I have to acknowledge, however, that many of my friends, relatives, and neighbors do not share my degree of enthusiasm for this annual aerial display. I learn this anew every year as I try to gather a Mall-bound party, and hear, with some variations, these responses: "I wouldn't spend my 4th of July on the Mall if you paid me a million dollars!" And: "Why would anyone want to sit in a huge, horrible, sweaty crowd on what's always one of the steamiest days of the summer, where you get your hearing damaged by the noise, just to see 30 minutes of some patterns in the sky that are more or less the same every year. You've seen it once, you've seen `em all." And then the clincher: "Sure, the fireworks are fun, but it's just hell of getting home afterward. You're either stuck in traffic for 40 minutes trying to go 5 blocks in your car, or you're stuck in the Metro, watching jam-packed trains pass you by, until you finally manage to squirm your way into one and ride like a packed sardine all the way back to Cleveland Park. No, thanks!"

Yes, all of the above accurately describe some part of the 4th-on-the-Mall experience. I have no argument for people who see things in such a relentlessly negative light. I am just too entranced by the anticipation of the spectacle of the whole night sky dancing with brilliant colors and syncopated sparks. I wordlessly sweep aside all objections and make my plans. I generally manage to recruit at least one fellow fireworks enthusiast to join me in my annual trek...but I will go solo if I have to. I've done it before: It makes for a very well-timed arrival and an even more efficient departure. (I just run as fast as I can ahead of the crowds all the way to the Dupont Metro, and can usually manage to board the first or last car of the next Metro train to arrive in the station.)

I also have trio of good tricks I've learned over the years to deal with the traffic nightmare on the way back. I am willing to share these with you, my neighbors, in the hopes of persuading you to join the ranks of Mall-goers so that Cleveland Park is at least decently represented. Here they are:

1. Bike. This works only if all in your party are all swift and in shape and are intrepid, experienced city bikers. Use whatever route you like to arrive. Rock Creek Park bikeways make for a pleasant excursion on the way there. Leave your bike at the attended bike lot at 15th Street between Independence Avenue and Jefferson Drive (east of the Washington Monument). Find a place to park yourselves nearby. The minute the show is over, or better yet, as it's just ending, retrieve your bike, get your lights working, get your helmet on, and get going. You'll need to walk your bike through the crowds for at least the first 10 blocks or so, but as soon as you reach a point where car traffic is allowed, you can ride on the street, and will have no problem immediately putting a good distance between you and the gridlocked car traffic. Once you've accomplished this, you will find yourself riding up a practically deserted Connecticut Avenue straight back to Cleveland Park, and you will be home long before any drivers. Believe me, I've done this.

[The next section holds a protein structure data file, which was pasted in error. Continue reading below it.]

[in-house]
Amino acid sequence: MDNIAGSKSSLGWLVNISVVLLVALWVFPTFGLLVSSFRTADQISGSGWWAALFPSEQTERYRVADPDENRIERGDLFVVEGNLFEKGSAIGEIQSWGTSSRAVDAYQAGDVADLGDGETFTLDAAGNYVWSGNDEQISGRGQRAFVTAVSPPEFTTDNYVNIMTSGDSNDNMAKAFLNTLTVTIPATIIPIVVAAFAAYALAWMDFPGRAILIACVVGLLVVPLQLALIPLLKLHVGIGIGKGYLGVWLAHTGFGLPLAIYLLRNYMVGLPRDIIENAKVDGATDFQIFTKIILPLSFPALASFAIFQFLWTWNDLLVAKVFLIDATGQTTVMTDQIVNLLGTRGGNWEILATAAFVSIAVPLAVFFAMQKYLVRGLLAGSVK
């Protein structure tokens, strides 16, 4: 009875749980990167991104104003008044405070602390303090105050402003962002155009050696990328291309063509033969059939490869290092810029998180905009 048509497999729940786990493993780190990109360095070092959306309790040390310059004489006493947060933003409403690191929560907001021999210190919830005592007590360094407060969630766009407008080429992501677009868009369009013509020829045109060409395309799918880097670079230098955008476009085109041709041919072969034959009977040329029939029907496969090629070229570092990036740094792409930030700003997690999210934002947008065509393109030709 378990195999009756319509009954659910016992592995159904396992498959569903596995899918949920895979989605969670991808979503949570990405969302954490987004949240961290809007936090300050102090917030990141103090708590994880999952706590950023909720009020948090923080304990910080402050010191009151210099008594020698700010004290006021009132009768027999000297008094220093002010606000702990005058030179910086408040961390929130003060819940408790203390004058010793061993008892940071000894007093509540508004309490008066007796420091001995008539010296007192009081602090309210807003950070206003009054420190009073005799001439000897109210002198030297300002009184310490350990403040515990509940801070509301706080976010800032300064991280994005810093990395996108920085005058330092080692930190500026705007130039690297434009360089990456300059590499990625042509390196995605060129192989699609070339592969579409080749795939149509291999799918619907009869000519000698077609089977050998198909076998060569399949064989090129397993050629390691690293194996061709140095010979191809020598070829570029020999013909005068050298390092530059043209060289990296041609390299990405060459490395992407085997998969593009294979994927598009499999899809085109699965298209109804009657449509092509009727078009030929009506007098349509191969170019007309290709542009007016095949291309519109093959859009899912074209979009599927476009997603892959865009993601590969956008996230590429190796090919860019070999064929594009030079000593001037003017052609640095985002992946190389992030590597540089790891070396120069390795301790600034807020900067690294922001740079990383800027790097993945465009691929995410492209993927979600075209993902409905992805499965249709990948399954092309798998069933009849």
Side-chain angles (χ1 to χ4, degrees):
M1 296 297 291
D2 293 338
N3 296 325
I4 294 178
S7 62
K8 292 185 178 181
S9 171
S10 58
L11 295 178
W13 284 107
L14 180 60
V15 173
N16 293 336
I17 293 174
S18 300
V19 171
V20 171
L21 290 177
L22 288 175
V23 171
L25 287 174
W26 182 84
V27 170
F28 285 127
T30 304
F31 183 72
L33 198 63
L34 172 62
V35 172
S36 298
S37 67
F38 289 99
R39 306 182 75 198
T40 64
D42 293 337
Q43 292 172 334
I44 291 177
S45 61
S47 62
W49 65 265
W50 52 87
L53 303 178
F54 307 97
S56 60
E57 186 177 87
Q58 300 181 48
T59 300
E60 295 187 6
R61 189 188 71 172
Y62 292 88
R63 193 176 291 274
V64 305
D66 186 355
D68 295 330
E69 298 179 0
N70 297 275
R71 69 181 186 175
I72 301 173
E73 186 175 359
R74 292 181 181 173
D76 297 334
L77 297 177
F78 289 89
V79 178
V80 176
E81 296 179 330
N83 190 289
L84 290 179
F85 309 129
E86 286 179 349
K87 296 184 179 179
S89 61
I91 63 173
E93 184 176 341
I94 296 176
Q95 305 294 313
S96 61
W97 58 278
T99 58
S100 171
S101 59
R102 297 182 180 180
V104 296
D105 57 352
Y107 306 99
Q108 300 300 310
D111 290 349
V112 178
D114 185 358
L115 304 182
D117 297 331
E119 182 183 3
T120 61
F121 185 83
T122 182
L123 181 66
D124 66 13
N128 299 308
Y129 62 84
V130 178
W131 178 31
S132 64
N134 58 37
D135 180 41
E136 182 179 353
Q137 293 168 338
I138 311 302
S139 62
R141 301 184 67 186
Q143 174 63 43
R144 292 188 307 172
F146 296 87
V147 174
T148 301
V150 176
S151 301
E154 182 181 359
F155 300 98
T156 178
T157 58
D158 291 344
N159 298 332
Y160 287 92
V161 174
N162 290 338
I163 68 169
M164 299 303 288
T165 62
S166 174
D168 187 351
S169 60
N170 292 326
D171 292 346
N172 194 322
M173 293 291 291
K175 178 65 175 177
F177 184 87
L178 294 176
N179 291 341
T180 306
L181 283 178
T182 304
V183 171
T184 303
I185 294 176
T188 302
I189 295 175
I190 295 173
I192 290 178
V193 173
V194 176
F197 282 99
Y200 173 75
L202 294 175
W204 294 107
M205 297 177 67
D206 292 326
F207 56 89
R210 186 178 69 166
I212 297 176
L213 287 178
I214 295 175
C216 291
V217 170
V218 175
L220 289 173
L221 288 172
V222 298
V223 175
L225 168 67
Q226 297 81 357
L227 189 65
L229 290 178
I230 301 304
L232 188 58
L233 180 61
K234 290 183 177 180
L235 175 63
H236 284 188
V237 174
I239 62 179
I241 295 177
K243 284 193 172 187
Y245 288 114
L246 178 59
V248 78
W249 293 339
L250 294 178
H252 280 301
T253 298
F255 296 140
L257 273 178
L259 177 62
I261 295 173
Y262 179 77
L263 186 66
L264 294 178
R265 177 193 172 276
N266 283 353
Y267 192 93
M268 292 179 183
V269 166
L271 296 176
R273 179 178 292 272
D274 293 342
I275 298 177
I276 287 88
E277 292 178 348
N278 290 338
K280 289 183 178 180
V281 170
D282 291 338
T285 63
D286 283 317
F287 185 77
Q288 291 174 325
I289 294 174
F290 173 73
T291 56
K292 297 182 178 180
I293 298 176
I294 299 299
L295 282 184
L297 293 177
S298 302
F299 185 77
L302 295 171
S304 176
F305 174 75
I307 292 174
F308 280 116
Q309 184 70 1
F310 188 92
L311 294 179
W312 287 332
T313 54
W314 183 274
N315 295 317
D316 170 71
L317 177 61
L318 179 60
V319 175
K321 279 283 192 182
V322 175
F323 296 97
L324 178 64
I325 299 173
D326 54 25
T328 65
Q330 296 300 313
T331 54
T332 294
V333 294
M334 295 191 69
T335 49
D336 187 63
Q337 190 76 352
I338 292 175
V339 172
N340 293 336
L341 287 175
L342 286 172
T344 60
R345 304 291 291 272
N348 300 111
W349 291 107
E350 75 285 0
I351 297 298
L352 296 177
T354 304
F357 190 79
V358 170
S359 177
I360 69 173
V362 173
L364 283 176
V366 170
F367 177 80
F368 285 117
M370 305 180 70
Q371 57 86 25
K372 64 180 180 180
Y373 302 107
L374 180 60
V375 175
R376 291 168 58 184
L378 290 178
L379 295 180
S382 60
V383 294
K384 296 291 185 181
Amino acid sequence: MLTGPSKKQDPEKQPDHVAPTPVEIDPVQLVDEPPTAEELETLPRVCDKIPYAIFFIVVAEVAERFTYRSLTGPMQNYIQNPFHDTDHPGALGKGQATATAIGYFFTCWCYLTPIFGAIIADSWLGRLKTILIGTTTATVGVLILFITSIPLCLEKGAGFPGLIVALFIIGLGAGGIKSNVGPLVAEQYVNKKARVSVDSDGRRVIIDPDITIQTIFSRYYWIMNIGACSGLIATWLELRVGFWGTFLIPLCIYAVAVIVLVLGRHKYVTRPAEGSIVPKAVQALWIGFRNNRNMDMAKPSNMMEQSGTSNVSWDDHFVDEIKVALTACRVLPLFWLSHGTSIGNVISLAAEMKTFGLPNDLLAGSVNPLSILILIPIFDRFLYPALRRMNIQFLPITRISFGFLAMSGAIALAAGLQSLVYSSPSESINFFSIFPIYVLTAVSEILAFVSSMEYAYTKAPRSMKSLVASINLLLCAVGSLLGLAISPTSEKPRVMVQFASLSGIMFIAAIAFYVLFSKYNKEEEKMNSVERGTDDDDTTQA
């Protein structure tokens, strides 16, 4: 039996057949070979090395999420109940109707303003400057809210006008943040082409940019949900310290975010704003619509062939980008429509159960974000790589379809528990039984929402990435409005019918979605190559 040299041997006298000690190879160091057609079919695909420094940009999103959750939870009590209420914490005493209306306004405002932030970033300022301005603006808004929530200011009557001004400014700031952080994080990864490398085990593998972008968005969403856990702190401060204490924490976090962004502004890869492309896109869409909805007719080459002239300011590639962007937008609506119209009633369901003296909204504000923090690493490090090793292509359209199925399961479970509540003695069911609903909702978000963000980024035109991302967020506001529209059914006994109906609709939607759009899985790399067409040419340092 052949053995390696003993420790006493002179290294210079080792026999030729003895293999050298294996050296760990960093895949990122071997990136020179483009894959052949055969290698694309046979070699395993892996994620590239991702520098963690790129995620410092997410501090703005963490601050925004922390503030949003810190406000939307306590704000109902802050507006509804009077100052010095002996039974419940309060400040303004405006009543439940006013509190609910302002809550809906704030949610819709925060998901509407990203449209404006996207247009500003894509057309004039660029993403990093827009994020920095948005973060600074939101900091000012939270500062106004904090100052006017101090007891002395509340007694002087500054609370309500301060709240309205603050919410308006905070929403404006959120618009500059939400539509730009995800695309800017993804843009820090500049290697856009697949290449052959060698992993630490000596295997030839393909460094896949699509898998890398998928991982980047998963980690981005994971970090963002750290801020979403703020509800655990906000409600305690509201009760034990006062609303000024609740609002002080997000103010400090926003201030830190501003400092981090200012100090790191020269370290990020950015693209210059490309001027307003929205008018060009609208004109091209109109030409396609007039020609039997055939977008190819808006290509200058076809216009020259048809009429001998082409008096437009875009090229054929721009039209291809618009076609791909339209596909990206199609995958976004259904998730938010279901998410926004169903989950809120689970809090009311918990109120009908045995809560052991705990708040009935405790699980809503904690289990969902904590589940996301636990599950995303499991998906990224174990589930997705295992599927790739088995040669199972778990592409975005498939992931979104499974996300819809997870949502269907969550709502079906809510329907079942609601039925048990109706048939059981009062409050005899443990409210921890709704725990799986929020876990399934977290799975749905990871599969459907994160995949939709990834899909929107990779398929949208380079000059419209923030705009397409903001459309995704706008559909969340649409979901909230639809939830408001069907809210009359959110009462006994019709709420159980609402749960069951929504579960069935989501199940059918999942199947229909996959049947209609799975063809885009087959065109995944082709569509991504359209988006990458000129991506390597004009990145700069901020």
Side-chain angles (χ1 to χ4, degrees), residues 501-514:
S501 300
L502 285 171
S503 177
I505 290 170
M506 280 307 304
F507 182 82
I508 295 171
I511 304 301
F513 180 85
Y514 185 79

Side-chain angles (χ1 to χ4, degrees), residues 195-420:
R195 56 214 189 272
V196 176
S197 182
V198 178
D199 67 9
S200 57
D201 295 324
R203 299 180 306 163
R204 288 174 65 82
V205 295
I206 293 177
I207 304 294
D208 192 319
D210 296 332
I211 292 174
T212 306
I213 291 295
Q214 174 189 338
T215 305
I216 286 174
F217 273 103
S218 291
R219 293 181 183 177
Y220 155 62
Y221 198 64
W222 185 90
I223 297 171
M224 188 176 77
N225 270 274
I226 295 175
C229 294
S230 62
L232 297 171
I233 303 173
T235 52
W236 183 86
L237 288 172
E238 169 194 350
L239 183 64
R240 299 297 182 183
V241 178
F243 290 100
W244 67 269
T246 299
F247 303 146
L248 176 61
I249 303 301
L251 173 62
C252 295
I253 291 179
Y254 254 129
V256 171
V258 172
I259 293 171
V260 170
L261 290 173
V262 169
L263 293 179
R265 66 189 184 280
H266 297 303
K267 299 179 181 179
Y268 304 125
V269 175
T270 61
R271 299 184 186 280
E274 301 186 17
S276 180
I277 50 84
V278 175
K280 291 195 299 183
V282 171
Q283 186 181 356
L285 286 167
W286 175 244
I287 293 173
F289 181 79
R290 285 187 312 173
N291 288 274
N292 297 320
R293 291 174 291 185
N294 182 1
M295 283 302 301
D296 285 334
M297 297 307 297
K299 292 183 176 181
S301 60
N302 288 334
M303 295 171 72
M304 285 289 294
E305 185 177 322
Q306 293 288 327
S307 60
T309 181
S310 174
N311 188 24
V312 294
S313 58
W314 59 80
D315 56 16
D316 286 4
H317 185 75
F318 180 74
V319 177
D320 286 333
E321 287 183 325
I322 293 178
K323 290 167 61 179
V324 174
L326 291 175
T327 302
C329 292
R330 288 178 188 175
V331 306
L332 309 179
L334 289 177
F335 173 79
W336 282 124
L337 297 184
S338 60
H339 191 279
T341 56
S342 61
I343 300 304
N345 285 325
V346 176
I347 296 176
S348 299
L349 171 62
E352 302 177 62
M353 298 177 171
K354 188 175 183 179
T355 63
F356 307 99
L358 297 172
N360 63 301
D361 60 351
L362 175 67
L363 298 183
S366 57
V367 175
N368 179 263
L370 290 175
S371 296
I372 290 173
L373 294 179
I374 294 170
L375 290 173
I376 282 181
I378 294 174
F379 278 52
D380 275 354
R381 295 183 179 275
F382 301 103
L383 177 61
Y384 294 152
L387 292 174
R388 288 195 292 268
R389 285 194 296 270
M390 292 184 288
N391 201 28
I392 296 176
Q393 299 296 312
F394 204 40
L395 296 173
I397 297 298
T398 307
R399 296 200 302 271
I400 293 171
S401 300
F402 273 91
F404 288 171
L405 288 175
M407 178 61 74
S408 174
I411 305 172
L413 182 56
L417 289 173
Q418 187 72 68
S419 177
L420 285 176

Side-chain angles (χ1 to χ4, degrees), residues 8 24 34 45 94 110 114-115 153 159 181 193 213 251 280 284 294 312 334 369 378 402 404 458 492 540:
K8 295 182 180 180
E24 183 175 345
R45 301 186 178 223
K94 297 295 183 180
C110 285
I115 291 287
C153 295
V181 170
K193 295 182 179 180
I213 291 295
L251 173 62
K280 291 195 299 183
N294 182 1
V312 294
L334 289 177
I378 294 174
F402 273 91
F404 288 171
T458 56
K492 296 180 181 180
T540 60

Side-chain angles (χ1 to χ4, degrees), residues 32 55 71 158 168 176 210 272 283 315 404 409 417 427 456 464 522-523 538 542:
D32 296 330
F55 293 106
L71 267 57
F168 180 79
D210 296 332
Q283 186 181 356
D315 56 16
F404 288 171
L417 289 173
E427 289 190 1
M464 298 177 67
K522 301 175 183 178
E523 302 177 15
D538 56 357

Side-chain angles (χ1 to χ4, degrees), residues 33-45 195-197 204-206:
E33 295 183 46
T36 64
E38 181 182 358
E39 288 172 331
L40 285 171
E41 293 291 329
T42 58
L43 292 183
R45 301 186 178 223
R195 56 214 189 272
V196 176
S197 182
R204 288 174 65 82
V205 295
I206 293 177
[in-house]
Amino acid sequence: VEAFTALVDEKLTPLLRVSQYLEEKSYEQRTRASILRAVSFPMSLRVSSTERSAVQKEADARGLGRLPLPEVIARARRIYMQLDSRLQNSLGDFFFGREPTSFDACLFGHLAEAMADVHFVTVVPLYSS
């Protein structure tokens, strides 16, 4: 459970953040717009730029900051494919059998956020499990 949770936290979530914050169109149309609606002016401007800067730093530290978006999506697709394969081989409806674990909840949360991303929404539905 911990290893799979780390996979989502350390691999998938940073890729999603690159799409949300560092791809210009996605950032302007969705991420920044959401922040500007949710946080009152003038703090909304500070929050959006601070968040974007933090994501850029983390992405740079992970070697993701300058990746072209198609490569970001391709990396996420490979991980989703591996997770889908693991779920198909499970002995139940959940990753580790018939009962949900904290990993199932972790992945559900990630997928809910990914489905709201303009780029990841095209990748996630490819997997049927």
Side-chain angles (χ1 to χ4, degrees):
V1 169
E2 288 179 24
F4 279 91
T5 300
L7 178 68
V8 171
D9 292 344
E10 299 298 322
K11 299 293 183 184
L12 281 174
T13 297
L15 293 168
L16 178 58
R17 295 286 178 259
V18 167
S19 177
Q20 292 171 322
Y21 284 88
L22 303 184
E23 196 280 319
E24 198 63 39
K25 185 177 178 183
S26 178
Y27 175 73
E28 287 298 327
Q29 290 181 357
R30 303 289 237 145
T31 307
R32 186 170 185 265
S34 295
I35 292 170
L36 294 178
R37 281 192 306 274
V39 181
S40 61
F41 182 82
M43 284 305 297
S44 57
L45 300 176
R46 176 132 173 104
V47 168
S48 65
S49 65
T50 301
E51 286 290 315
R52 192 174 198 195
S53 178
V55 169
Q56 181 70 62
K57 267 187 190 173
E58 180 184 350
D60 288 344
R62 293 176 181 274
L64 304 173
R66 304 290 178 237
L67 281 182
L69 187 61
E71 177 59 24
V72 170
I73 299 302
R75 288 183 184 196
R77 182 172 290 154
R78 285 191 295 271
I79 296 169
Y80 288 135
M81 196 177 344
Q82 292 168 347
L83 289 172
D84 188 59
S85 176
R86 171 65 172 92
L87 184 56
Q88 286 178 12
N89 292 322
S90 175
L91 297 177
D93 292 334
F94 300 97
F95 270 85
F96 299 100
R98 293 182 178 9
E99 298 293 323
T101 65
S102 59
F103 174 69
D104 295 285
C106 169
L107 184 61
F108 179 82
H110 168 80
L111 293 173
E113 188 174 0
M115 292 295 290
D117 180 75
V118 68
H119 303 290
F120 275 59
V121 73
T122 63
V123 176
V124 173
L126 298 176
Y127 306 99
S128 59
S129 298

2. Take a car, but only if you can go with someone who has a permit to use a parking lot within a half-mile of the Virginia Avenue entrance to Rock Creek Park. Employees of GWU who drive to work perfectly fit the bill. Cultivate a close relationship with a professor if you can. If you do this in the spring semester, it will pay off handsomely on July 4! Now I caution that this is not a perfect solution, because you're still going to have to sit in bumper-to-bumper traffic for 15 minutes just to inch your way down Virginia Avenue into the Parkway, but the minute you make that right turn into the Park, you're good to go, and now it's only 5 to 7 minutes before you're back in the heart of the neighborhood.

3. This is my real secret weapon: Take the Metro...but first, go the wrong way. Yes, that's right. Once the fireworks are done, walk as briskly as you can from the Mall to Farragut North. (This will take about 10 minutes.) Take the first train that comes by, in the direction of Glenmont. At each stop, see how crowded the platform is. You may be able to get off at Judiciary Square. Definitely by Union Station, the platform should be empty. Now get off and wait for the next train going in the direction of Cleveland Park. It will be empty, or near empty, and you can have your choice of seats. The train will, of course, reach Calcutta-levels of crowding by the time it's at Metro Center, and it may not even be able to take on another single rider by the time it reaches Farragut North. But that's okay, because you're already on it! Now your only problem is working your way toward the doors in time to get off at Cleveland Park!

If none of these strategies appeals to you, okay then: Stay home and watch the thing on TV. But I'm telling you, watching fireworks on TV is to the on-the-Mall experience as watching the tropical fish tank in your dentist's office is to scuba diving in the waters of the Great Barrier Reef.

However you observe it, wherever you are, have a great Fourth!

Happy birthday, America!

Published on the Cleveland Park Listserv, July 2, 2010.